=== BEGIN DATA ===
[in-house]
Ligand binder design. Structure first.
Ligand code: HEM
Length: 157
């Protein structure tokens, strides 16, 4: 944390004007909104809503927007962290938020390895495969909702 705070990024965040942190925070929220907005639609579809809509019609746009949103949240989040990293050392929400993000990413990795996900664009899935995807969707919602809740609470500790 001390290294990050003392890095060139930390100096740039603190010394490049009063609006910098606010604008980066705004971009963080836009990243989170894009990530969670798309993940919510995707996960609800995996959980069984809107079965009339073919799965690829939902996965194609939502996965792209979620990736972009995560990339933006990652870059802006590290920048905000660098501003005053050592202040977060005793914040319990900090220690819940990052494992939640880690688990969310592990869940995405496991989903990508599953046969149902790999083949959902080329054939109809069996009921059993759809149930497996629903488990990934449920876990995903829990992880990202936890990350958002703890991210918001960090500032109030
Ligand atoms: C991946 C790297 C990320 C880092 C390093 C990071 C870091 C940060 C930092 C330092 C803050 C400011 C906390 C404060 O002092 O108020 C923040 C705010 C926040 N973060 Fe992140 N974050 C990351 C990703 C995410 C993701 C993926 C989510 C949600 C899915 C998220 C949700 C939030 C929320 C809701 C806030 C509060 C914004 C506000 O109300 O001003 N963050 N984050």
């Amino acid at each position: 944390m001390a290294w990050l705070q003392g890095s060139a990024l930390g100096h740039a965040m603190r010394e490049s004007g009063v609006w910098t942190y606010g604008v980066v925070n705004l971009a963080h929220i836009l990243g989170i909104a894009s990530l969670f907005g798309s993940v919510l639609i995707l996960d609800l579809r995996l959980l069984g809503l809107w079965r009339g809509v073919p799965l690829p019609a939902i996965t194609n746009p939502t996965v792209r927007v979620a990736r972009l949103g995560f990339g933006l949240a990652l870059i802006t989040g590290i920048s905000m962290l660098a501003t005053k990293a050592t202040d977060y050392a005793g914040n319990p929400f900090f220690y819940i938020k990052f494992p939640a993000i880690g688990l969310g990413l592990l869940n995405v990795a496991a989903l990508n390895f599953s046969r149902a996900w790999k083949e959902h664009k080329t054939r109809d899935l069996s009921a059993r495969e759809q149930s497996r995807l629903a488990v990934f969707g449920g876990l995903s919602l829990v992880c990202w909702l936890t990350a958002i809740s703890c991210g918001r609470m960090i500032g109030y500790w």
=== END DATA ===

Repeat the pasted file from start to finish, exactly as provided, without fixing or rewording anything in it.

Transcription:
[in-house]
Ligand binder design. Structure first.
Ligand code: HEM
Length: 157
């Protein structure tokens, strides 16, 4: 944390004007909104809503927007962290938020390895495969909702 705070990024965040942190925070929220907005639609579809809509019609746009949103949240989040990293050392929400993000990413990795996900664009899935995807969707919602809740609470500790 001390290294990050003392890095060139930390100096740039603190010394490049009063609006910098606010604008980066705004971009963080836009990243989170894009990530969670798309993940919510995707996960609800995996959980069984809107079965009339073919799965690829939902996965194609939502996965792209979620990736972009995560990339933006990652870059802006590290920048905000660098501003005053050592202040977060005793914040319990900090220690819940990052494992939640880690688990969310592990869940995405496991989903990508599953046969149902790999083949959902080329054939109809069996009921059993759809149930497996629903488990990934449920876990995903829990992880990202936890990350958002703890991210918001960090500032109030
Ligand atoms: C991946 C790297 C990320 C880092 C390093 C990071 C870091 C940060 C930092 C330092 C803050 C400011 C906390 C404060 O002092 O108020 C923040 C705010 C926040 N973060 Fe992140 N974050 C990351 C990703 C995410 C993701 C993926 C989510 C949600 C899915 C998220 C949700 C939030 C929320 C809701 C806030 C509060 C914004 C506000 O109300 O001003 N963050 N984050």
């Amino acid at each position: 944390m001390a290294w990050l705070q003392g890095s060139a990024l930390g100096h740039a965040m603190r010394e490049s004007g009063v609006w910098t942190y606010g604008v980066v925070n705004l971009a963080h929220i836009l990243g989170i909104a894009s990530l969670f907005g798309s993940v919510l639609i995707l996960d609800l579809r995996l959980l069984g809503l809107w079965r009339g809509v073919p799965l690829p019609a939902i996965t194609n746009p939502t996965v792209r927007v979620a990736r972009l949103g995560f990339g933006l949240a990652l870059i802006t989040g590290i920048s905000m962290l660098a501003t005053k990293a050592t202040d977060y050392a005793g914040n319990p929400f900090f220690y819940i938020k990052f494992p939640a993000i880690g688990l969310g990413l592990l869940n995405v990795a496991a989903l990508n390895f599953s046969r149902a996900w790999k083949e959902h664009k080329t054939r109809d899935l069996s009921a059993r495969e759809q149930s497996r995807l629903a488990v990934f969707g449920g876990l995903s919602l829990v992880c990202w909702l936890t990350a958002i809740s703890c991210g918001r609470m960090i500032g109030y500790w």